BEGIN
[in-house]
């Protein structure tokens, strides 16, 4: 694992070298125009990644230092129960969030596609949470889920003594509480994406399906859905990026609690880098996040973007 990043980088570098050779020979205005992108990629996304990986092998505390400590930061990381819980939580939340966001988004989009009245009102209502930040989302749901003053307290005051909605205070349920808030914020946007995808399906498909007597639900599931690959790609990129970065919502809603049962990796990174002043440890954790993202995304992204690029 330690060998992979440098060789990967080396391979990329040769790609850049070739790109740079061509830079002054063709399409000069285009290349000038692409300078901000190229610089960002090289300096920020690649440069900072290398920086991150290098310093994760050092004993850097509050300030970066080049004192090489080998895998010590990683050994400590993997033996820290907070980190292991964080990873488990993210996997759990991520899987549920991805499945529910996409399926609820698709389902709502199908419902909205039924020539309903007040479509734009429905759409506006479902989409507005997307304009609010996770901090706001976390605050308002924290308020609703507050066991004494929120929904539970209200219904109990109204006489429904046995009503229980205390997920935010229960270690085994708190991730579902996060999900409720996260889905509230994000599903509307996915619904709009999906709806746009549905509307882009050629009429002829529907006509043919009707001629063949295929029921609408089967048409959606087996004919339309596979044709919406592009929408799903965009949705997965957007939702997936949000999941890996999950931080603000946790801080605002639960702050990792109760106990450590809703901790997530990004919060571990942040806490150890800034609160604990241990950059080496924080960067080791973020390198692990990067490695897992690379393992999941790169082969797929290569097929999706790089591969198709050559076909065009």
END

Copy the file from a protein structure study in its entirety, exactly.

[in-house]
């Protein structure tokens, strides 16, 4: 694992070298125009990644230092129960969030596609949470889920003594509480994406399906859905990026609690880098996040973007 990043980088570098050779020979205005992108990629996304990986092998505390400590930061990381819980939580939340966001988004989009009245009102209502930040989302749901003053307290005051909605205070349920808030914020946007995808399906498909007597639900599931690959790609990129970065919502809603049962990796990174002043440890954790993202995304992204690029 330690060998992979440098060789990967080396391979990329040769790609850049070739790109740079061509830079002054063709399409000069285009290349000038692409300078901000190229610089960002090289300096920020690649440069900072290398920086991150290098310093994760050092004993850097509050300030970066080049004192090489080998895998010590990683050994400590993997033996820290907070980190292991964080990873488990993210996997759990991520899987549920991805499945529910996409399926609820698709389902709502199908419902909205039924020539309903007040479509734009429905759409506006479902989409507005997307304009609010996770901090706001976390605050308002924290308020609703507050066991004494929120929904539970209200219904109990109204006489429904046995009503229980205390997920935010229960270690085994708190991730579902996060999900409720996260889905509230994000599903509307996915619904709009999906709806746009549905509307882009050629009429002829529907006509043919009707001629063949295929029921609408089967048409959606087996004919339309596979044709919406592009929408799903965009949705997965957007939702997936949000999941890996999950931080603000946790801080605002639960702050990792109760106990450590809703901790997530990004919060571990942040806490150890800034609160604990241990950059080496924080960067080791973020390198692990990067490695897992690379393992999941790169082969797929290569097929999706790089591969198709050559076909065009």